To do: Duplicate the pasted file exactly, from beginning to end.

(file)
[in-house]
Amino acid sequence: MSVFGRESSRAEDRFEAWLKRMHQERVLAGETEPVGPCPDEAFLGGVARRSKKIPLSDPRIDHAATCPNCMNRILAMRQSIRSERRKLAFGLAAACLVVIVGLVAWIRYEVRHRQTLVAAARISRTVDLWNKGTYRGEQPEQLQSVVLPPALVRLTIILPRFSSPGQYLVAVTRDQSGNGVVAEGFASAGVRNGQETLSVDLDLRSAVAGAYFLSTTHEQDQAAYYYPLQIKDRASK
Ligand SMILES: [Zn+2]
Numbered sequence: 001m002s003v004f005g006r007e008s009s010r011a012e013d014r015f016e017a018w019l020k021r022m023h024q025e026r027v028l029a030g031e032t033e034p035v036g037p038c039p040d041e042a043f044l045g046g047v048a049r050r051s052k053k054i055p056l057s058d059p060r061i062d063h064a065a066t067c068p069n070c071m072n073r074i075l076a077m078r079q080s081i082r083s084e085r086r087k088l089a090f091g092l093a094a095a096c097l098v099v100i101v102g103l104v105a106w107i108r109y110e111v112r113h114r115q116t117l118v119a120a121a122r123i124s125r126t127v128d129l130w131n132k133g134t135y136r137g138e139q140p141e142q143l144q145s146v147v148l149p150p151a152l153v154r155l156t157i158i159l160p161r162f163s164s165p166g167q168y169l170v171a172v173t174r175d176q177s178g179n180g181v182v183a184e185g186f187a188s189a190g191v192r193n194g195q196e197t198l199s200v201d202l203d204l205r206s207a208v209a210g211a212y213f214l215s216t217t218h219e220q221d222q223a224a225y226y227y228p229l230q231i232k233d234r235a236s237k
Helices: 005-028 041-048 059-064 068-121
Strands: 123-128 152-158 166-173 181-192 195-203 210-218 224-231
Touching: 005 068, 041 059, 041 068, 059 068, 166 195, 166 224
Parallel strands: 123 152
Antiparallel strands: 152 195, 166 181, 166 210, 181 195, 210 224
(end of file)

[in-house]
Amino acid sequence: MSVFGRESSRAEDRFEAWLKRMHQERVLAGETEPVGPCPDEAFLGGVARRSKKIPLSDPRIDHAATCPNCMNRILAMRQSIRSERRKLAFGLAAACLVVIVGLVAWIRYEVRHRQTLVAAARISRTVDLWNKGTYRGEQPEQLQSVVLPPALVRLTIILPRFSSPGQYLVAVTRDQSGNGVVAEGFASAGVRNGQETLSVDLDLRSAVAGAYFLSTTHEQDQAAYYYPLQIKDRASK
Ligand SMILES: [Zn+2]
Numbered sequence: 001m002s003v004f005g006r007e008s009s010r011a012e013d014r015f016e017a018w019l020k021r022m023h024q025e026r027v028l029a030g031e032t033e034p035v036g037p038c039p040d041e042a043f044l045g046g047v048a049r050r051s052k053k054i055p056l057s058d059p060r061i062d063h064a065a066t067c068p069n070c071m072n073r074i075l076a077m078r079q080s081i082r083s084e085r086r087k088l089a090f091g092l093a094a095a096c097l098v099v100i101v102g103l104v105a106w107i108r109y110e111v112r113h114r115q116t117l118v119a120a121a122r123i124s125r126t127v128d129l130w131n132k133g134t135y136r137g138e139q140p141e142q143l144q145s146v147v148l149p150p151a152l153v154r155l156t157i158i159l160p161r162f163s164s165p166g167q168y169l170v171a172v173t174r175d176q177s178g179n180g181v182v183a184e185g186f187a188s189a190g191v192r193n194g195q196e197t198l199s200v201d202l203d204l205r206s207a208v209a210g211a212y213f214l215s216t217t218h219e220q221d222q223a224a225y226y227y228p229l230q231i232k233d234r235a236s237k
Helices: 005-028 041-048 059-064 068-121
Strands: 123-128 152-158 166-173 181-192 195-203 210-218 224-231
Touching: 005 068, 041 059, 041 068, 059 068, 166 195, 166 224
Parallel strands: 123 152
Antiparallel strands: 152 195, 166 181, 166 210, 181 195, 210 224